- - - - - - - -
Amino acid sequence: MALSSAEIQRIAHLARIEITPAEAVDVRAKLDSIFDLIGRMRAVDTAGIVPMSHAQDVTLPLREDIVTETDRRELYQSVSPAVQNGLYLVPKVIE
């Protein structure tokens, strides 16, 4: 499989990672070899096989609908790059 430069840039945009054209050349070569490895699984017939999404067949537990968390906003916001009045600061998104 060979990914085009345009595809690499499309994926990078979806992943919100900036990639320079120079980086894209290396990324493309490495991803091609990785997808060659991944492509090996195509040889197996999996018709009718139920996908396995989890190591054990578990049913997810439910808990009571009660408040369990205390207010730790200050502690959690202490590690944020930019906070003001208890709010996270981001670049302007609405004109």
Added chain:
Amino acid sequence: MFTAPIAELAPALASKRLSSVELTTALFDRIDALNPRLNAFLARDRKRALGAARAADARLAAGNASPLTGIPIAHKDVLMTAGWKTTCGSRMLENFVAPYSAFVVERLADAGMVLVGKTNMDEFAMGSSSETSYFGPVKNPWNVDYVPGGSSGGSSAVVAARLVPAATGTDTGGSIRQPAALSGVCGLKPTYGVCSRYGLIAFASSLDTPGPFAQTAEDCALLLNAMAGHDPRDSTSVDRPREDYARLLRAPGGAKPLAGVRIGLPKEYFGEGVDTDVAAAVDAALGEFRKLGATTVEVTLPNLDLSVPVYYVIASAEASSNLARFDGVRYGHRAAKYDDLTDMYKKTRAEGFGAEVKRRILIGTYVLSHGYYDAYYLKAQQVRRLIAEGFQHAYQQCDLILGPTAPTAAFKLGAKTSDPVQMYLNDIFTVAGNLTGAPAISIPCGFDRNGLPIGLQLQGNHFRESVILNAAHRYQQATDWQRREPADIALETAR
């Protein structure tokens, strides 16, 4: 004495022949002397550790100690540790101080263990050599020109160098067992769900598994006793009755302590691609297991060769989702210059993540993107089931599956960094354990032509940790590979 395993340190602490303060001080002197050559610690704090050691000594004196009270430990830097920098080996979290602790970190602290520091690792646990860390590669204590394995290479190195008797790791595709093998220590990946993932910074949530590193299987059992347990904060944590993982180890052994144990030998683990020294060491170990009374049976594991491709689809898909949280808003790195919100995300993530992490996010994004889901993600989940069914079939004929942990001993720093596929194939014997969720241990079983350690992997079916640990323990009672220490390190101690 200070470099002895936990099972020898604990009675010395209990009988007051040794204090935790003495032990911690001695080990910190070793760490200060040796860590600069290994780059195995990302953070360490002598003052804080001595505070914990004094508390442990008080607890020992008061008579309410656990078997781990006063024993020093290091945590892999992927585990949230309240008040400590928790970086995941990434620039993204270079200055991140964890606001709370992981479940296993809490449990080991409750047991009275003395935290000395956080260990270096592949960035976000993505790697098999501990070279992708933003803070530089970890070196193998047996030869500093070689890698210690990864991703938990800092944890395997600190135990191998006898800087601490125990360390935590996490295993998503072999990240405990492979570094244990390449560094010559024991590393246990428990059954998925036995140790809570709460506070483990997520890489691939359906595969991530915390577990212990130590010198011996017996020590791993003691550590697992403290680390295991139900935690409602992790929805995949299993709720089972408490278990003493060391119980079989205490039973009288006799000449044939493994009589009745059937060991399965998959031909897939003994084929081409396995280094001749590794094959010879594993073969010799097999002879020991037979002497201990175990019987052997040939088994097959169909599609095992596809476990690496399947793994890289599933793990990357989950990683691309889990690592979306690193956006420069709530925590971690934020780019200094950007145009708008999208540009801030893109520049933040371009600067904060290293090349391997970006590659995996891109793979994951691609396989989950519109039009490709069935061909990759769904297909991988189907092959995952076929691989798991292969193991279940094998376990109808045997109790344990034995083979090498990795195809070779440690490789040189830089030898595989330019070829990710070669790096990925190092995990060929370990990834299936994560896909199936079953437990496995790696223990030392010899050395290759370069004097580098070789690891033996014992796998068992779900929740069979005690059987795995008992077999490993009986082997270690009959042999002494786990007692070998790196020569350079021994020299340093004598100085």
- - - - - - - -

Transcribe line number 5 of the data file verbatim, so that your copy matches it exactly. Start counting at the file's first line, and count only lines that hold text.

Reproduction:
């Protein structure tokens, strides 16, 4: 004495022949002397550790100690540790101080263990050599020109160098067992769900598994006793009755302590691609297991060769989702210059993540993107089931599956960094354990032509940790590979 395993340190602490303060001080002197050559610690704090050691000594004196009270430990830097920098080996979290602790970190602290520091690792646990860390590669204590394995290479190195008797790791595709093998220590990946993932910074949530590193299987059992347990904060944590993982180890052994144990030998683990020294060491170990009374049976594991491709689809898909949280808003790195919100995300993530992490996010994004889901993600989940069914079939004929942990001993720093596929194939014997969720241990079983350690992997079916640990323990009672220490390190101690 200070470099002895936990099972020898604990009675010395209990009988007051040794204090935790003495032990911690001695080990910190070793760490200060040796860590600069290994780059195995990302953070360490002598003052804080001595505070914990004094508390442990008080607890020992008061008579309410656990078997781990006063024993020093290091945590892999992927585990949230309240008040400590928790970086995941990434620039993204270079200055991140964890606001709370992981479940296993809490449990080991409750047991009275003395935290000395956080260990270096592949960035976000993505790697098999501990070279992708933003803070530089970890070196193998047996030869500093070689890698210690990864991703938990800092944890395997600190135990191998006898800087601490125990360390935590996490295993998503072999990240405990492979570094244990390449560094010559024991590393246990428990059954998925036995140790809570709460506070483990997520890489691939359906595969991530915390577990212990130590010198011996017996020590791993003691550590697992403290680390295991139900935690409602992790929805995949299993709720089972408490278990003493060391119980079989205490039973009288006799000449044939493994009589009745059937060991399965998959031909897939003994084929081409396995280094001749590794094959010879594993073969010799097999002879020991037979002497201990175990019987052997040939088994097959169909599609095992596809476990690496399947793994890289599933793990990357989950990683691309889990690592979306690193956006420069709530925590971690934020780019200094950007145009708008999208540009801030893109520049933040371009600067904060290293090349391997970006590659995996891109793979994951691609396989989950519109039009490709069935061909990759769904297909991988189907092959995952076929691989798991292969193991279940094998376990109808045997109790344990034995083979090498990795195809070779440690490789040189830089030898595989330019070829990710070669790096990925190092995990060929370990990834299936994560896909199936079953437990496995790696223990030392010899050395290759370069004097580098070789690891033996014992796998068992779900929740069979005690059987795995008992077999490993009986082997270690009959042999002494786990007692070998790196020569350079021994020299340093004598100085």